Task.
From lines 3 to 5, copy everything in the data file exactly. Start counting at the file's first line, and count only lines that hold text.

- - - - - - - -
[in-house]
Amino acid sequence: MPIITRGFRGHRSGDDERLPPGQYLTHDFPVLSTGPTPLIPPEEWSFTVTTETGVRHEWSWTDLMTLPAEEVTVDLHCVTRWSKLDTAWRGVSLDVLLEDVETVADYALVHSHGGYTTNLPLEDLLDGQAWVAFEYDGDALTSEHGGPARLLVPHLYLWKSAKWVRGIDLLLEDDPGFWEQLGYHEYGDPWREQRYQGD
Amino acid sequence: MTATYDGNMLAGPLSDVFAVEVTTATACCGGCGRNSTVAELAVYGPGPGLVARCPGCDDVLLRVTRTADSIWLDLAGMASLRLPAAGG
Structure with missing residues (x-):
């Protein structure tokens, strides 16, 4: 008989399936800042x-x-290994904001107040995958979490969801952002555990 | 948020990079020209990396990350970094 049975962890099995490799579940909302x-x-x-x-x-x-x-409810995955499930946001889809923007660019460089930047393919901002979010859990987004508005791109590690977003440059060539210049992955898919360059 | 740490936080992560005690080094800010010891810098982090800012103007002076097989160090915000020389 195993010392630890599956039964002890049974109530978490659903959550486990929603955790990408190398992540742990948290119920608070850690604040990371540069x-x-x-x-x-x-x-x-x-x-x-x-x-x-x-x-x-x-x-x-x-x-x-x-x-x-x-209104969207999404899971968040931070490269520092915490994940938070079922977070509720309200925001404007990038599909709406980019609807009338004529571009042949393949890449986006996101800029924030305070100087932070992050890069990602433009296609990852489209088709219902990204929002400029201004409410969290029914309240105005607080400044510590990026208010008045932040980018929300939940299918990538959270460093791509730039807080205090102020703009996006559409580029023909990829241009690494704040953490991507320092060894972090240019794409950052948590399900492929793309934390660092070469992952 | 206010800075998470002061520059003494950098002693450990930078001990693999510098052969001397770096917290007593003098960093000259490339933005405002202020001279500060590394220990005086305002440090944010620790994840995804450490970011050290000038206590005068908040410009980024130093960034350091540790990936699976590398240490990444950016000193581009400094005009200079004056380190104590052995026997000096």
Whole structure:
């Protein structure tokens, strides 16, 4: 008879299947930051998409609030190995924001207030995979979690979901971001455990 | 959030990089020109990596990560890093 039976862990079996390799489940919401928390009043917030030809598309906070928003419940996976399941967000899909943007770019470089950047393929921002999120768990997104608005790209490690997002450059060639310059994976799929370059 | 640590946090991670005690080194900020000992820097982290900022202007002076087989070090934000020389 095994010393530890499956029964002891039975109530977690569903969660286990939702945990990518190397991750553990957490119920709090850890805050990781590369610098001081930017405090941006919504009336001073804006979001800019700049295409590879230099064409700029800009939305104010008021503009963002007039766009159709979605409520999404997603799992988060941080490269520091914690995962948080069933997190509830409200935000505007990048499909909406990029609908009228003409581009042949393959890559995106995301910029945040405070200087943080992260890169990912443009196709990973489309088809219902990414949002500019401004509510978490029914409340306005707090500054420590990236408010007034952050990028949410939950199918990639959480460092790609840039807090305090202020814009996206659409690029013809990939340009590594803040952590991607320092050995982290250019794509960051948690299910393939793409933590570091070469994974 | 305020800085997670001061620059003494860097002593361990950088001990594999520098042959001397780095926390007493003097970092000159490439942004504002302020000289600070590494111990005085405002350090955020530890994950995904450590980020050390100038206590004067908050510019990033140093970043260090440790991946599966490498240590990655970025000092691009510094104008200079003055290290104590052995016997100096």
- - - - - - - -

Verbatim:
Amino acid sequence: MTATYDGNMLAGPLSDVFAVEVTTATACCGGCGRNSTVAELAVYGPGPGLVARCPGCDDVLLRVTRTADSIWLDLAGMASLRLPAAGG
Structure with missing residues (x-):
């Protein structure tokens, strides 16, 4: 008989399936800042x-x-290994904001107040995958979490969801952002555990 | 948020990079020209990396990350970094 049975962890099995490799579940909302x-x-x-x-x-x-x-409810995955499930946001889809923007660019460089930047393919901002979010859990987004508005791109590690977003440059060539210049992955898919360059 | 740490936080992560005690080094800010010891810098982090800012103007002076097989160090915000020389 195993010392630890599956039964002890049974109530978490659903959550486990929603955790990408190398992540742990948290119920608070850690604040990371540069x-x-x-x-x-x-x-x-x-x-x-x-x-x-x-x-x-x-x-x-x-x-x-x-x-x-x-209104969207999404899971968040931070490269520092915490994940938070079922977070509720309200925001404007990038599909709406980019609807009338004529571009042949393949890449986006996101800029924030305070100087932070992050890069990602433009296609990852489209088709219902990204929002400029201004409410969290029914309240105005607080400044510590990026208010008045932040980018929300939940299918990538959270460093791509730039807080205090102020703009996006559409580029023909990829241009690494704040953490991507320092060894972090240019794409950052948590399900492929793309934390660092070469992952 | 206010800075998470002061520059003494950098002693450990930078001990693999510098052969001397770096917290007593003098960093000259490339933005405002202020001279500060590394220990005086305002440090944010620790994840995804450490970011050290000038206590005068908040410009980024130093960034350091540790990936699976590398240490990444950016000193581009400094005009200079004056380190104590052995026997000096």